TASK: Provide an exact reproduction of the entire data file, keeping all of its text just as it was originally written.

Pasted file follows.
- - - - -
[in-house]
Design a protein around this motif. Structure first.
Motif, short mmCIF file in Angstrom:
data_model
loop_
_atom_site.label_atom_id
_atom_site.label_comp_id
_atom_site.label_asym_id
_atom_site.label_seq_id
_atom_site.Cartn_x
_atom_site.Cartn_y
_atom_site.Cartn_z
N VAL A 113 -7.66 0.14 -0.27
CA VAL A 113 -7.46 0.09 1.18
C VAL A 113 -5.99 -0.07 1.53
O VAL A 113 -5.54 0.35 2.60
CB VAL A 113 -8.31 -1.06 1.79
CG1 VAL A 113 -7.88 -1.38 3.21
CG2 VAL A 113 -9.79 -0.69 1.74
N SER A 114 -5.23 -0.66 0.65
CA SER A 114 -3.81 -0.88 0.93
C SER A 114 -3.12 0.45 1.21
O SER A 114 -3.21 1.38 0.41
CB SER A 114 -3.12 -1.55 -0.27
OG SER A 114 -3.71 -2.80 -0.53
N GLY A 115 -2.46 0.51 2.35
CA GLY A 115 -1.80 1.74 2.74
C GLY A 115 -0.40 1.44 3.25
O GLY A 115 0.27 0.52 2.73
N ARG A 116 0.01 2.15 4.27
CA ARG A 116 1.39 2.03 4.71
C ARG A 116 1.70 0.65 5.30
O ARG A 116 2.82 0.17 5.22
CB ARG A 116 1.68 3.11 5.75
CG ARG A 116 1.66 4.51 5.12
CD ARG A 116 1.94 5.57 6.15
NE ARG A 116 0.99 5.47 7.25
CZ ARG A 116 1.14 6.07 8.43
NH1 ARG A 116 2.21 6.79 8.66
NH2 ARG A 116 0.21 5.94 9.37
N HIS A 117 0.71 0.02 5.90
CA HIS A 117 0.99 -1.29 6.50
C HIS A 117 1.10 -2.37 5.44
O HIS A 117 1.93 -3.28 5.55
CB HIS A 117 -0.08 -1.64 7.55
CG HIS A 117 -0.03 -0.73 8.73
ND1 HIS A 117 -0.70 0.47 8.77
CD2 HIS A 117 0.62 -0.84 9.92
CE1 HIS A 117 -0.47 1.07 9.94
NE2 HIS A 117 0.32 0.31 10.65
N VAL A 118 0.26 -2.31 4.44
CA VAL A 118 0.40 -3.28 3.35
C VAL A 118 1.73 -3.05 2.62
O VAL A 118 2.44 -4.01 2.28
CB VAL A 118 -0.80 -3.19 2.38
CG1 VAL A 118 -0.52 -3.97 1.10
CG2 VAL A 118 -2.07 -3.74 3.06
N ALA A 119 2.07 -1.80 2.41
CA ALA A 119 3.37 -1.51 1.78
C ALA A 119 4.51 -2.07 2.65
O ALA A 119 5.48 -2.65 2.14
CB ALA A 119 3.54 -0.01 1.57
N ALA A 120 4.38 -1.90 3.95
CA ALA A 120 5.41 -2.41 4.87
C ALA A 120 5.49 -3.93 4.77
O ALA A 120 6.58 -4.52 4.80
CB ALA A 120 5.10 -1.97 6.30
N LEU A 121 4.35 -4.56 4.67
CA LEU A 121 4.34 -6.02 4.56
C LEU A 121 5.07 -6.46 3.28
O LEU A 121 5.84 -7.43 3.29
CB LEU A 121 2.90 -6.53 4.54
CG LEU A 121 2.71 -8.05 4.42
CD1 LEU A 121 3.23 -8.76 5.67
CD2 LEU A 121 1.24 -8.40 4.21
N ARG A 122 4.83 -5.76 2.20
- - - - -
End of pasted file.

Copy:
[in-house]
Design a protein around this motif. Structure first.
Motif, short mmCIF file in Angstrom:
data_model
loop_
_atom_site.label_atom_id
_atom_site.label_comp_id
_atom_site.label_asym_id
_atom_site.label_seq_id
_atom_site.Cartn_x
_atom_site.Cartn_y
_atom_site.Cartn_z
N VAL A 113 -7.66 0.14 -0.27
CA VAL A 113 -7.46 0.09 1.18
C VAL A 113 -5.99 -0.07 1.53
O VAL A 113 -5.54 0.35 2.60
CB VAL A 113 -8.31 -1.06 1.79
CG1 VAL A 113 -7.88 -1.38 3.21
CG2 VAL A 113 -9.79 -0.69 1.74
N SER A 114 -5.23 -0.66 0.65
CA SER A 114 -3.81 -0.88 0.93
C SER A 114 -3.12 0.45 1.21
O SER A 114 -3.21 1.38 0.41
CB SER A 114 -3.12 -1.55 -0.27
OG SER A 114 -3.71 -2.80 -0.53
N GLY A 115 -2.46 0.51 2.35
CA GLY A 115 -1.80 1.74 2.74
C GLY A 115 -0.40 1.44 3.25
O GLY A 115 0.27 0.52 2.73
N ARG A 116 0.01 2.15 4.27
CA ARG A 116 1.39 2.03 4.71
C ARG A 116 1.70 0.65 5.30
O ARG A 116 2.82 0.17 5.22
CB ARG A 116 1.68 3.11 5.75
CG ARG A 116 1.66 4.51 5.12
CD ARG A 116 1.94 5.57 6.15
NE ARG A 116 0.99 5.47 7.25
CZ ARG A 116 1.14 6.07 8.43
NH1 ARG A 116 2.21 6.79 8.66
NH2 ARG A 116 0.21 5.94 9.37
N HIS A 117 0.71 0.02 5.90
CA HIS A 117 0.99 -1.29 6.50
C HIS A 117 1.10 -2.37 5.44
O HIS A 117 1.93 -3.28 5.55
CB HIS A 117 -0.08 -1.64 7.55
CG HIS A 117 -0.03 -0.73 8.73
ND1 HIS A 117 -0.70 0.47 8.77
CD2 HIS A 117 0.62 -0.84 9.92
CE1 HIS A 117 -0.47 1.07 9.94
NE2 HIS A 117 0.32 0.31 10.65
N VAL A 118 0.26 -2.31 4.44
CA VAL A 118 0.40 -3.28 3.35
C VAL A 118 1.73 -3.05 2.62
O VAL A 118 2.44 -4.01 2.28
CB VAL A 118 -0.80 -3.19 2.38
CG1 VAL A 118 -0.52 -3.97 1.10
CG2 VAL A 118 -2.07 -3.74 3.06
N ALA A 119 2.07 -1.80 2.41
CA ALA A 119 3.37 -1.51 1.78
C ALA A 119 4.51 -2.07 2.65
O ALA A 119 5.48 -2.65 2.14
CB ALA A 119 3.54 -0.01 1.57
N ALA A 120 4.38 -1.90 3.95
CA ALA A 120 5.41 -2.41 4.87
C ALA A 120 5.49 -3.93 4.77
O ALA A 120 6.58 -4.52 4.80
CB ALA A 120 5.10 -1.97 6.30
N LEU A 121 4.35 -4.56 4.67
CA LEU A 121 4.34 -6.02 4.56
C LEU A 121 5.07 -6.46 3.28
O LEU A 121 5.84 -7.43 3.29
CB LEU A 121 2.90 -6.53 4.54
CG LEU A 121 2.71 -8.05 4.42
CD1 LEU A 121 3.23 -8.76 5.67
CD2 LEU A 121 1.24 -8.40 4.21
N ARG A 122 4.83 -5.76 2.20